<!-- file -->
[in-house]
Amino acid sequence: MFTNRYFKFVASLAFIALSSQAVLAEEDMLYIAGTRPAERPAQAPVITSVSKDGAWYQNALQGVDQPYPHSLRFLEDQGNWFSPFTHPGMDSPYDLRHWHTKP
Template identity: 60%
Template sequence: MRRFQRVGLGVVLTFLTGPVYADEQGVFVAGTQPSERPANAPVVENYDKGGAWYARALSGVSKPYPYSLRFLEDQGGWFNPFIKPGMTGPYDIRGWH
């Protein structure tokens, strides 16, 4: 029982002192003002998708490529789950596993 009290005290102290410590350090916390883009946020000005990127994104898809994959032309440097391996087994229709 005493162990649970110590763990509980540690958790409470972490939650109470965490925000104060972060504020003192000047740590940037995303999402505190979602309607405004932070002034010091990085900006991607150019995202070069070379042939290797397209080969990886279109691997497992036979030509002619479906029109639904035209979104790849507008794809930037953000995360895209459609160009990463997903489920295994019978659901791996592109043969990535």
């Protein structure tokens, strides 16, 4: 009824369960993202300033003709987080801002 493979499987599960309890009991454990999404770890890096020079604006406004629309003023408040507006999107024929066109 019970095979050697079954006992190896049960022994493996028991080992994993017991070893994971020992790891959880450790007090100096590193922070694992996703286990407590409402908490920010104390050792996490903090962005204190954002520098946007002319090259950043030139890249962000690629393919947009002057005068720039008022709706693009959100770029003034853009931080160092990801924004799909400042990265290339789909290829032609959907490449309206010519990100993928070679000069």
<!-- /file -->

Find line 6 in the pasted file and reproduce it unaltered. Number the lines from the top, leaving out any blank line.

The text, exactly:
């Protein structure tokens, strides 16, 4: 009824369960993202300033003709987080801002 493979499987599960309890009991454990999404770890890096020079604006406004629309003023408040507006999107024929066109 019970095979050697079954006992190896049960022994493996028991080992994993017991070893994971020992790891959880450790007090100096590193922070694992996703286990407590409402908490920010104390050792996490903090962005204190954002520098946007002319090259950043030139890249962000690629393919947009002057005068720039008022709706693009959100770029003034853009931080160092990801924004799909400042990265290339789909290829032609959907490449309206010519990100993928070679000069």